Group interviews can be a shock or a surprise. Have you ever walked in for an interview only to find yourself being interviewed along with a bunch of other candidates, in a group? Have you ever found yourself wondering how you are supposed to stand out in such group interviews?
A group interview can include multiple candidates and multiple panelists. But it is the candidates who generally find themselves unprepared: we generally expect interviews to be one on one, where candidates will be called one by one.
A company might let you know in advance about the group interview, or they might not tell you, probably to see how you react to unexpected situations.
A group interview also saves time. Sometimes, a company would interview multiple candidates in a group, all for different positions.
Group interviews are especially common in retail, hospitality industries where working with a team on a shared task is part of the job and a daily activity.
Even if you aren’t interviewing for positions in the said industries, you can be interviewed in a group to gauge the following soft-skills:
- Leadership abilities
- Communication skills
- Interpersonal skills
- Listening skills
So, what are some things you can keep in mind for the possibility of a group interview?
Talking to the other candidates before the interview when you wait for your group’s turn is a good idea.
They might be vouching for the same job (although not always), but that doesn’t mean you should see them as your enemies.
Talking to co-interviewees can help establish a certain level of comfort which is necessary to engage in group and team-building exercises, which could be part of such interviews. And who knows, some of those might be your future co-workers.
The interviewer would see your communication and interpersonal skills in how you interact with your fellow interviewees, how much rapport you have been able to build in a matter of few minutes.
Proactive and Purposeful:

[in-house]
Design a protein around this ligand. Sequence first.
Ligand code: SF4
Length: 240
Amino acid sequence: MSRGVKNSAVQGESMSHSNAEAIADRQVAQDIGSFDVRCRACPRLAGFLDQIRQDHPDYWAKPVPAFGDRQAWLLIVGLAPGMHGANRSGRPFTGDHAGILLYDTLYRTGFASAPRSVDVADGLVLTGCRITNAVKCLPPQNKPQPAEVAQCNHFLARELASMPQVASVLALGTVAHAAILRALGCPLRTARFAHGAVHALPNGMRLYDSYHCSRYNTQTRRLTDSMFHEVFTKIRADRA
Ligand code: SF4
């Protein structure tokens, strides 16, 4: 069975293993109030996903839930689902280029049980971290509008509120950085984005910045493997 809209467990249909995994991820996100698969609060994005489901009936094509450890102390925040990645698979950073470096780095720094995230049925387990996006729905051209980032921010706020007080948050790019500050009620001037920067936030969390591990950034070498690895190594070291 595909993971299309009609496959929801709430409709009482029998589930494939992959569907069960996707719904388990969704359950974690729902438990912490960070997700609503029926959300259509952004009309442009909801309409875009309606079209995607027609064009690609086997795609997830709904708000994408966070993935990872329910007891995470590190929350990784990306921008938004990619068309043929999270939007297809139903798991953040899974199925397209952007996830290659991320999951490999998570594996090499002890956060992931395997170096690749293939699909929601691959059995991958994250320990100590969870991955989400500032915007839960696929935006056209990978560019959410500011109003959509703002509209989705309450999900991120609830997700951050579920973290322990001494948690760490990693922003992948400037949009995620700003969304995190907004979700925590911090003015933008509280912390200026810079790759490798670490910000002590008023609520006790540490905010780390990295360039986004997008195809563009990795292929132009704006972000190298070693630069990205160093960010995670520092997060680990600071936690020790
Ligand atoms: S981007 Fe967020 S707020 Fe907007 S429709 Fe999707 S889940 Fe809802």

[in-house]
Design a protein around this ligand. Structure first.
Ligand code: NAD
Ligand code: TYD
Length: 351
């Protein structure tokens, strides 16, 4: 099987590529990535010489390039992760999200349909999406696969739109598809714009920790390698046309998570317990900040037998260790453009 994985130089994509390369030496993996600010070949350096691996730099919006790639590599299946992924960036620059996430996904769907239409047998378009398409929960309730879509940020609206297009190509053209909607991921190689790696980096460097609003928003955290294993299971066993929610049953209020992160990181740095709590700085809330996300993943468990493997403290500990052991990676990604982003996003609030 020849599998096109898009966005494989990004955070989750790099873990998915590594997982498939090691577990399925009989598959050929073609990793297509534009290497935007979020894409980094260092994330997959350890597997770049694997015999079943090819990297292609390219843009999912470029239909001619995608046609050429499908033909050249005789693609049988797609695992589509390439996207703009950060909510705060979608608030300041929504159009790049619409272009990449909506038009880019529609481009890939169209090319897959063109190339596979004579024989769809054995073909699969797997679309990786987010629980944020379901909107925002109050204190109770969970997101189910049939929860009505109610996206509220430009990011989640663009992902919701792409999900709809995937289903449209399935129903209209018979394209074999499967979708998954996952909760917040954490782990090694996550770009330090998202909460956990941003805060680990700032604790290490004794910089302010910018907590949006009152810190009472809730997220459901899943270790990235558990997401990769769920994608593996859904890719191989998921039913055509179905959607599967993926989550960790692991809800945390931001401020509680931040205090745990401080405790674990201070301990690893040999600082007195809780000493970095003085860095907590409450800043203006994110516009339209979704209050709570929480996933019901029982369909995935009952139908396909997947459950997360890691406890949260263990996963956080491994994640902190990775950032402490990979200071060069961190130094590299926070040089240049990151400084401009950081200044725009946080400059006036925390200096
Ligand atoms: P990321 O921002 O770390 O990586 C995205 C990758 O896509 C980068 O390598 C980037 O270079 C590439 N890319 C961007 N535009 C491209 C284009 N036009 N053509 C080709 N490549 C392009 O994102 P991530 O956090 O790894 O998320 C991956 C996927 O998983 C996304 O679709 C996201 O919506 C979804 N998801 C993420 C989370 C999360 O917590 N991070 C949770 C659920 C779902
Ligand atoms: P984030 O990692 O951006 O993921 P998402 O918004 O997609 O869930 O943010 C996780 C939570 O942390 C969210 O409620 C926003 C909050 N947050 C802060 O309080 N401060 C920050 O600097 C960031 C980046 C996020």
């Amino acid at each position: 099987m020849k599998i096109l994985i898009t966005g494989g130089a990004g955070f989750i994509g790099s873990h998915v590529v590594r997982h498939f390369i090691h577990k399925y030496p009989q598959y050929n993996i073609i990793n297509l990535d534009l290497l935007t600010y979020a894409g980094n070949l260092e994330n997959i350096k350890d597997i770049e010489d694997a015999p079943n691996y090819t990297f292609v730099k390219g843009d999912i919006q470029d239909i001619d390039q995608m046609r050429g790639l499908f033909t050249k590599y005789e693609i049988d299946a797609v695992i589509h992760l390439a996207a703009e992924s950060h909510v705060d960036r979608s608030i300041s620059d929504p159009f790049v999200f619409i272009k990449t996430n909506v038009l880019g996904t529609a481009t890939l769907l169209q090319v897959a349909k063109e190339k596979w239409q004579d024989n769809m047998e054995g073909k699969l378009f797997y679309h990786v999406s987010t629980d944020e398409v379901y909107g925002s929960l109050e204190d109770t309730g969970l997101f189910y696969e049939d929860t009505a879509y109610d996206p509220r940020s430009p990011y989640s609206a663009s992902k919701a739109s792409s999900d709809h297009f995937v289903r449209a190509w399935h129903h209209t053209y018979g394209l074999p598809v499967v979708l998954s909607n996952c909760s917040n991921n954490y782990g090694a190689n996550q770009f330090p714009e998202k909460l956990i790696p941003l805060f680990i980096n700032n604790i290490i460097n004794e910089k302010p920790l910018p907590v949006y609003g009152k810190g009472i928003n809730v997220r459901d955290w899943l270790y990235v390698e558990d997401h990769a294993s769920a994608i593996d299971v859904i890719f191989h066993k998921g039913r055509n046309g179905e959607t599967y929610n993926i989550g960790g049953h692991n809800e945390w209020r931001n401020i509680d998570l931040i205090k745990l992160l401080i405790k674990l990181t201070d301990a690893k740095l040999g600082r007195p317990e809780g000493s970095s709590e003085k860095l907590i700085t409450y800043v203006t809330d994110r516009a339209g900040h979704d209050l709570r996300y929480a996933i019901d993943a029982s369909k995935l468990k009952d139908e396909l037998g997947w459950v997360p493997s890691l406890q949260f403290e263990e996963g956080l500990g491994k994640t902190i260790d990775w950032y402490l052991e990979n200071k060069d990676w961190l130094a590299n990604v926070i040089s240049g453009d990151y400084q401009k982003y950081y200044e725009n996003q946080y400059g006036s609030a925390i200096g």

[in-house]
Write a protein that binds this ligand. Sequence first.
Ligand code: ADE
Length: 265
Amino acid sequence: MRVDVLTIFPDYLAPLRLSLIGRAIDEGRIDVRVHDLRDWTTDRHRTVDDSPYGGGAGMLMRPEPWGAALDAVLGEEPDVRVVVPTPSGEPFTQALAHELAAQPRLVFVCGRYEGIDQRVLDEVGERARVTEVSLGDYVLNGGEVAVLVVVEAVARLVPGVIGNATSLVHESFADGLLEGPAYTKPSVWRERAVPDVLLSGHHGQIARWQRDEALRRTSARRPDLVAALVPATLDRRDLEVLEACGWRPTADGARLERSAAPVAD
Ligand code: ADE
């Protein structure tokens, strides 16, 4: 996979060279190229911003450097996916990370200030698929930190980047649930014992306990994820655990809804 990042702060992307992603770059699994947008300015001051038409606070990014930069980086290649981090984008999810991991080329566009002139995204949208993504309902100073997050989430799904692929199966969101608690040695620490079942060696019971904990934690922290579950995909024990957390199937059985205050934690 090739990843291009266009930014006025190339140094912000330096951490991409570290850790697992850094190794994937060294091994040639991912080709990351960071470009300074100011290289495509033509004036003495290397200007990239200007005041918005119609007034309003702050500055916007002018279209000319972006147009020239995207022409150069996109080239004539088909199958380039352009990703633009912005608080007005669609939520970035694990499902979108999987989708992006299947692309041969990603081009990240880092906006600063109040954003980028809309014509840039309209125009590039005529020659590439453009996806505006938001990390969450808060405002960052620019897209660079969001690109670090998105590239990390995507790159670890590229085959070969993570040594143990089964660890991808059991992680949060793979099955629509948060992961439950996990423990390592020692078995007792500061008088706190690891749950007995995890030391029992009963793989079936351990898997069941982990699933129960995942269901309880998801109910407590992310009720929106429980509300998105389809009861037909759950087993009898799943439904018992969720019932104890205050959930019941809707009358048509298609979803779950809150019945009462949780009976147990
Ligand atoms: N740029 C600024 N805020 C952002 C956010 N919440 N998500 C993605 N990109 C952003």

Being proactive is one major way to ace a group interview.
Take the initiative! Don’t wait for others to begin.
But that doesn’t mean you say something just for the sake of saying something. What we mean is speak with a purpose, and don’t wait for others to get the ball rolling. Get the discussion going and make sure to involve everyone in the discussion/activity.
But if you aren’t the kind of person to take the initiative generally, then you need to make sure you don’t put up an act.
Being yourself is important. The group interview persona might get you the job but would you be able to get the job done with your actual persona?
Many times, when someone who isn’t a natural leader tries to take on a leadership role, it can come across as uncalled for aggression.
Getting your voice heard and making your point is important, and this can be done in your own way.
Remember, they aren’t looking for the loudest voice in the room. They are looking for a sensible voice.
That brings to this very important point.
Listen to your co-interviewees. Listen to the interviewer(s).
This is an important activity which many a candidate don’t practice enough in a bid to come across as confident and the leader of the group.
You may have to answer questions based on the responses of others.
Furthermore, listening to others can help you weigh in your own responses and create comprehensive answers. Isn’t it so much better than just going on talking, only to be told that you are repeating the things the others have said?
Listening to what goes on in the discussion can help you frame your thank you email in a more personal and affable manner, by referring to particular, relevant pieces of discussions.
Isn’t it so much better than sending a generic thank you email, which would not really help you stand out?
This brings us to the next point.
Thank You Email:
Just like a regular one on one interview, it is a good idea to follow up with a thank you email.
Thank the interviewer for their time, and let them know your interest in the job.
So, apart from the regular one on one interview tips like being presentable, being prepared, being confident, these are some tips which one can use to ace that group interview, and stand out, in a positive way!